Archives for posts with tag: Ashmolean

I found this artwork ‘Memory of a young boy’ at the Ashmolean so inspiring. It is ethereal and as I walk around, it disappears and all I can see are sheets of slippery glass. Each section of the mummy outline is drawn on a separate sheet of perspex and from some angles I can see the whole form but not from all perspectives. It made me think about faith in God and it all depends on what you look at. Sometimes you need to have faith and believe and EVEN when you can see nothing, you have to know He is still there. Just like the artwork – it was still there when I could only see the edges of glass.

What a privilege for my children to go to school in England with world-class museums around the corner – after 20 years in the UK, I am still savouring this fact. My youngest child was studying the Egyptians so off we went to the Ashmolean to go and see the real thing. There is an excellent permanent exhibition of mummies, funeral objects, sculptures and artworks. The stylised shapes and the forms of the crocodile god captures the essences and the cruelty of this reptile with minimal lines. I loved the concentration and interest of my daughter and then enjoying a hot chocolate together in the cafe. There is also the beauty of the Asmolean’s architecture to appreciate.


cezanne2cezanne“Painting from nature is not a matter of copying the subject but of expressing one’s feelings.” Cezanne

After a mad morning I finally made it to the Cézanne exhibition and as I walked in, I breathed a sigh as calmness descended. I love Cézanne’s work – the way he worked fast creating an impressing of a landscape without becoming bogged down in the detail. I feel as if he was enjoying the process of creating and not aiming at an end product.

There were a number of his sketches which are rough and use a mixture of watercolour and graphite. There are vertical pencil lines to suggest the trees while the leaves are in soft watercolours of blues, greens and purple which are calming and delight the eye. They are certainly not overworked and in their unfinished state the white spaces are just as important as the filled areas. It is as if he captured the gist of a view and then moved on. My favourite oil painting was Mont Sainte-Victoire (1904-06) and it was amazing to finally see it because in my final school year we had to study a post-impressionist in detail and then create a work in the style of the artist. I chose Cézanne and then in the spirit of the post-impressionists, I set myself with an easel and oils in the Kirstenbosch Botanical Gardens (Cape Town) and painted the view of the mountain. One of the things that struck me was how quickly and easy it was to paint with flat brushstrokes and yet challenging to fill the area without it becoming too two-dimensional.

In the painting Mont Sainte-Victoire I could see how loose his style was with the gleaming paint suggesting flickering light through the clouds. As Cézanne’s work became less descriptive it become more abstract and he began to simplify his shapes into basic squares, rectangles and cubes hence he is often known as the father of Cubism. I wanted to buy the postcard of the painting but it looked so dull after seeing the real thing that I didn’t bother – I think I will just visit again with my children in tow.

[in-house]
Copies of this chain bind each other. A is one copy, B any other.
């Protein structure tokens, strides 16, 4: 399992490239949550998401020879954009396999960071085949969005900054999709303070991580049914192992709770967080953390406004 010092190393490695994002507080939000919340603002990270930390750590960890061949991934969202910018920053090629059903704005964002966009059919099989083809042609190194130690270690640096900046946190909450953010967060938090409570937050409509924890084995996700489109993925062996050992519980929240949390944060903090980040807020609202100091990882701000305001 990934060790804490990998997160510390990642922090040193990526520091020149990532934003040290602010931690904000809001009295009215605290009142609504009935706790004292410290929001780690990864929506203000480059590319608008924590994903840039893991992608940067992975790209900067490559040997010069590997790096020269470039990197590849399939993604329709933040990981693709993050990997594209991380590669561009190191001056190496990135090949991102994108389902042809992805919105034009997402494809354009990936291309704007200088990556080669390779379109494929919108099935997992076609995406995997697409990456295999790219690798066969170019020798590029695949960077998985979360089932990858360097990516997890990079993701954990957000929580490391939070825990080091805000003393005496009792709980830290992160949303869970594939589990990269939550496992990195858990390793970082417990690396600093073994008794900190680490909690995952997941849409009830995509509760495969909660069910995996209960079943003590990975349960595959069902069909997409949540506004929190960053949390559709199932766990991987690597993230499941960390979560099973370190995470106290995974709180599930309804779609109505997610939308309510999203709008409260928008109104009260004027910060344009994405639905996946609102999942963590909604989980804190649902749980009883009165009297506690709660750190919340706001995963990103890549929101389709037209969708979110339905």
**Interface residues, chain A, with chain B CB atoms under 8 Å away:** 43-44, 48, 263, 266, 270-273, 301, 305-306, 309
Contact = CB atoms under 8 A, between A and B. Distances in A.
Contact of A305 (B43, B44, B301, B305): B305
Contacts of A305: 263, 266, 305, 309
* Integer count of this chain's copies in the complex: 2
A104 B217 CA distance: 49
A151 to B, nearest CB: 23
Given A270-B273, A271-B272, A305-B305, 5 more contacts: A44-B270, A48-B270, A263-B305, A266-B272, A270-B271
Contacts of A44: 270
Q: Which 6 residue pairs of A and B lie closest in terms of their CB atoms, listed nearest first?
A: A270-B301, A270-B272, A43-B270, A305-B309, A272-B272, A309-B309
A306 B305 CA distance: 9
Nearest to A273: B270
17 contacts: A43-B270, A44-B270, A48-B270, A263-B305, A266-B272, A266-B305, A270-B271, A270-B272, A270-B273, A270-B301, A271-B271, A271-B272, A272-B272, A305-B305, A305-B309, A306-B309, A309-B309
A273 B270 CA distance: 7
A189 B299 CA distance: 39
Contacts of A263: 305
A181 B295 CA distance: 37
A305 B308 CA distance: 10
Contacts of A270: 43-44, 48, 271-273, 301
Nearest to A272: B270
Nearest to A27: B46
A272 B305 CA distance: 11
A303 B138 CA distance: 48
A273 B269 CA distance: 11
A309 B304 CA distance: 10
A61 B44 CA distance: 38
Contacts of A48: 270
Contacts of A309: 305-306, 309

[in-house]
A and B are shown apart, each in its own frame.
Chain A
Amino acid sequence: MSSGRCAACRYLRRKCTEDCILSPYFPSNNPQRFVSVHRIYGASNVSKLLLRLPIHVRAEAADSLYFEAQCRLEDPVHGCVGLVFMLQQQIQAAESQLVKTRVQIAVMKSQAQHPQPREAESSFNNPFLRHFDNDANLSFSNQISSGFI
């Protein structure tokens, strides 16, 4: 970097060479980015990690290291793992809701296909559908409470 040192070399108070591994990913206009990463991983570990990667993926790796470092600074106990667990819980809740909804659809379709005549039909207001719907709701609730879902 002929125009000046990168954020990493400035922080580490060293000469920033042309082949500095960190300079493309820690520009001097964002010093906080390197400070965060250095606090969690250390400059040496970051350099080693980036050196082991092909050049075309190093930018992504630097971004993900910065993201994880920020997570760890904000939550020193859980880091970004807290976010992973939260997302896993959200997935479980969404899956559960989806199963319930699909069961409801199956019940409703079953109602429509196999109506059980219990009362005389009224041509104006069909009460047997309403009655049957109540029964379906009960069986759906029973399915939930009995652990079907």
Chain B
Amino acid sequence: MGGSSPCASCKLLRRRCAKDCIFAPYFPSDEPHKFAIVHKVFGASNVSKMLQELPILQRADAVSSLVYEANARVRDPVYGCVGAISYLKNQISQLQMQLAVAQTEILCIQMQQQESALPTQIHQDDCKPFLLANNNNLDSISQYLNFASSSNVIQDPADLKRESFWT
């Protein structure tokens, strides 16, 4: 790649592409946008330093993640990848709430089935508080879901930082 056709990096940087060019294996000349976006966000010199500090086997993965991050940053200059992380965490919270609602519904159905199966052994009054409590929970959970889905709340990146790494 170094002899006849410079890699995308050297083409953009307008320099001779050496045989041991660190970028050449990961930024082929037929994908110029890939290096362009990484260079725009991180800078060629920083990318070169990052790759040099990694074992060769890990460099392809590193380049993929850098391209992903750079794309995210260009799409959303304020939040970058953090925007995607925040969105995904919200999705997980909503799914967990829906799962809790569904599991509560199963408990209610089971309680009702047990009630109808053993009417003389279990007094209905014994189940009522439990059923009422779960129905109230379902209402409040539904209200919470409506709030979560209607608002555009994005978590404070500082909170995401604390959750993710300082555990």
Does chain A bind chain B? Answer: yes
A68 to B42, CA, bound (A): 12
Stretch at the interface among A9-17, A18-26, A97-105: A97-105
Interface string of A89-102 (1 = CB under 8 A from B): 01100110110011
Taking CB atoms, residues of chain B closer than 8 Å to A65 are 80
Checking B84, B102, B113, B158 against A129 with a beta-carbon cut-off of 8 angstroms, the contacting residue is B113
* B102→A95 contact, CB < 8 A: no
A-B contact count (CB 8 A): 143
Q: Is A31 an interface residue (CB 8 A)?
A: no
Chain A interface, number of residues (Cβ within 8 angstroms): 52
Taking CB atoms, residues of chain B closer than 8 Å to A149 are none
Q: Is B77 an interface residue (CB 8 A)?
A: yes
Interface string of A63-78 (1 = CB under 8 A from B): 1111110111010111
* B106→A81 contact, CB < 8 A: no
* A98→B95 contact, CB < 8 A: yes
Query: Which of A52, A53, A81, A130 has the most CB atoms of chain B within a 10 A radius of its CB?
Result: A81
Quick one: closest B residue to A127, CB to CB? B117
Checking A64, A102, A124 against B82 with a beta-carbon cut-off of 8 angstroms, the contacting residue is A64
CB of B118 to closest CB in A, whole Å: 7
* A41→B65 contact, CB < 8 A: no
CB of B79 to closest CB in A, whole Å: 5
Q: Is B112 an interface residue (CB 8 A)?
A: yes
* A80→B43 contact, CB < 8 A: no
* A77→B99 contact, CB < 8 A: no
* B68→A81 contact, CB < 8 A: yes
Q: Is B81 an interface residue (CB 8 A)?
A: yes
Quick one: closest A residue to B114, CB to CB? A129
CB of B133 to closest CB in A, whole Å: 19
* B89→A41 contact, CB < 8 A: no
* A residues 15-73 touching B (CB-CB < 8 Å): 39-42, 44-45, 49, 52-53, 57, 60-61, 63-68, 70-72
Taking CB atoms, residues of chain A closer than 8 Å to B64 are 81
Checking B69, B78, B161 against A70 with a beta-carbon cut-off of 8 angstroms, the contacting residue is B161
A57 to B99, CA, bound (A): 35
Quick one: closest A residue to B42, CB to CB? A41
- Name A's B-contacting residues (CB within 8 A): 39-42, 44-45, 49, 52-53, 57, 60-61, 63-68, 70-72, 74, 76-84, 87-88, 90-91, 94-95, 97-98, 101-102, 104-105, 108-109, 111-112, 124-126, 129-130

The exhibition is at the Ashmolean in Oxford until the 22 June 2014 and is well worth visiting.

About this post: My 2014 resolution is to visit a creative place every month.
January – The Ashmolean: Malcolm Morley
February – Oxford School of Photography


A solitary Moore


Ashmolean interior with Morely in the background – no photography of his work allowed!

My resolution this year is to visit a creative place once a month. After procrastinating for about 3 months on visiting the Bacon and Moore exhibition at the Ashmolean, I thought that it would be a perfect January outing, only to discover it ended 4 days ago so I had to make do with a solitary Moore at the entrance. It was a rather lovely reclining figure although she looked like I sometimes feel on the beach.You start off feeling comfortable but your bones become awkward shapes and the sand is not as soft as you anticipated! I wandered inside and ended up seeing Malcolm Morley who has been painting for the last 50 years. He was one of the founders of hyper-realism which was a reaction to the pop-art of the 1960s. His style began to break up from realism and became more paintily and he became progressively loose in his style dripping paint in the fashion of Pollock. By the 2000s his style had become smooth and stylised and it reminded me of airbrushed art. The pictures look as if they were painted from photos, have flat surfaces and an intended kitschness. I don’t much like his work and preferred his very earliest style which was much more tactile. However it was interesting to study his progression over the years. I had to laugh at a comment I overheard, “A car crash – rather unpleasant subject matter for a painting.” Perhaps for that woman it was just as well it wasn’t Bacon! Note to self: DON’T miss Cezanne in March.

Morley paintings (from the catalogue)

Morley paintings (from the catalogue)

Oxford from Cafe Loco

Oxford from Cafe Loco